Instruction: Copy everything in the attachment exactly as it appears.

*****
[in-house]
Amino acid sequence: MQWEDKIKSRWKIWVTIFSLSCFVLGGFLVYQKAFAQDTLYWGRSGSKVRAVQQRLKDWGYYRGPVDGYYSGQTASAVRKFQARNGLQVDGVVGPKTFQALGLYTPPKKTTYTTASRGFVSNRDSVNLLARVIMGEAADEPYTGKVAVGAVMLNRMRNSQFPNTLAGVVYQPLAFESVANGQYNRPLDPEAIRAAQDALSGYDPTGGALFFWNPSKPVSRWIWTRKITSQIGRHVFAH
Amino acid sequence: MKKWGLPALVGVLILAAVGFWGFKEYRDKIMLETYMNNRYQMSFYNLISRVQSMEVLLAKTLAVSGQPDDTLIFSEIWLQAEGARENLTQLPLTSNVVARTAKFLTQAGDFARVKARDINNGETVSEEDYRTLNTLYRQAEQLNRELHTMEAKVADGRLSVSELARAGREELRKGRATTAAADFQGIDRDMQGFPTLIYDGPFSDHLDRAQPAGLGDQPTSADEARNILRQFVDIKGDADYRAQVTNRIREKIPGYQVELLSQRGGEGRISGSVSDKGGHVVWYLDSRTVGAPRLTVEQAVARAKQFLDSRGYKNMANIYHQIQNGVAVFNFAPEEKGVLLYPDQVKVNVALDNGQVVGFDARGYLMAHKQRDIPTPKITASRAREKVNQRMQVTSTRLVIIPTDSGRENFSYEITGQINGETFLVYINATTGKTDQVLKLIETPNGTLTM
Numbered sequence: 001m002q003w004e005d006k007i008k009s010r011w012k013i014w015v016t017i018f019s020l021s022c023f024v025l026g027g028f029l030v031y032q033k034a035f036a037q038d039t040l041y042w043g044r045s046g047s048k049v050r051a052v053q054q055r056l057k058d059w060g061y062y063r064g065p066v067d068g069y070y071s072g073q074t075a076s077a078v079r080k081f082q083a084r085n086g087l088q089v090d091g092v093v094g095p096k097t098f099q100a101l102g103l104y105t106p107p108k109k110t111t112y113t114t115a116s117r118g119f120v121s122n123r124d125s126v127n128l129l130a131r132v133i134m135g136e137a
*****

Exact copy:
[in-house]
Amino acid sequence: MQWEDKIKSRWKIWVTIFSLSCFVLGGFLVYQKAFAQDTLYWGRSGSKVRAVQQRLKDWGYYRGPVDGYYSGQTASAVRKFQARNGLQVDGVVGPKTFQALGLYTPPKKTTYTTASRGFVSNRDSVNLLARVIMGEAADEPYTGKVAVGAVMLNRMRNSQFPNTLAGVVYQPLAFESVANGQYNRPLDPEAIRAAQDALSGYDPTGGALFFWNPSKPVSRWIWTRKITSQIGRHVFAH
Amino acid sequence: MKKWGLPALVGVLILAAVGFWGFKEYRDKIMLETYMNNRYQMSFYNLISRVQSMEVLLAKTLAVSGQPDDTLIFSEIWLQAEGARENLTQLPLTSNVVARTAKFLTQAGDFARVKARDINNGETVSEEDYRTLNTLYRQAEQLNRELHTMEAKVADGRLSVSELARAGREELRKGRATTAAADFQGIDRDMQGFPTLIYDGPFSDHLDRAQPAGLGDQPTSADEARNILRQFVDIKGDADYRAQVTNRIREKIPGYQVELLSQRGGEGRISGSVSDKGGHVVWYLDSRTVGAPRLTVEQAVARAKQFLDSRGYKNMANIYHQIQNGVAVFNFAPEEKGVLLYPDQVKVNVALDNGQVVGFDARGYLMAHKQRDIPTPKITASRAREKVNQRMQVTSTRLVIIPTDSGRENFSYEITGQINGETFLVYINATTGKTDQVLKLIETPNGTLTM
Numbered sequence: 001m002q003w004e005d006k007i008k009s010r011w012k013i014w015v016t017i018f019s020l021s022c023f024v025l026g027g028f029l030v031y032q033k034a035f036a037q038d039t040l041y042w043g044r045s046g047s048k049v050r051a052v053q054q055r056l057k058d059w060g061y062y063r064g065p066v067d068g069y070y071s072g073q074t075a076s077a078v079r080k081f082q083a084r085n086g087l088q089v090d091g092v093v094g095p096k097t098f099q100a101l102g103l104y105t106p107p108k109k110t111t112y113t114t115a116s117r118g119f120v121s122n123r124d125s126v127n128l129l130a131r132v133i134m135g136e137a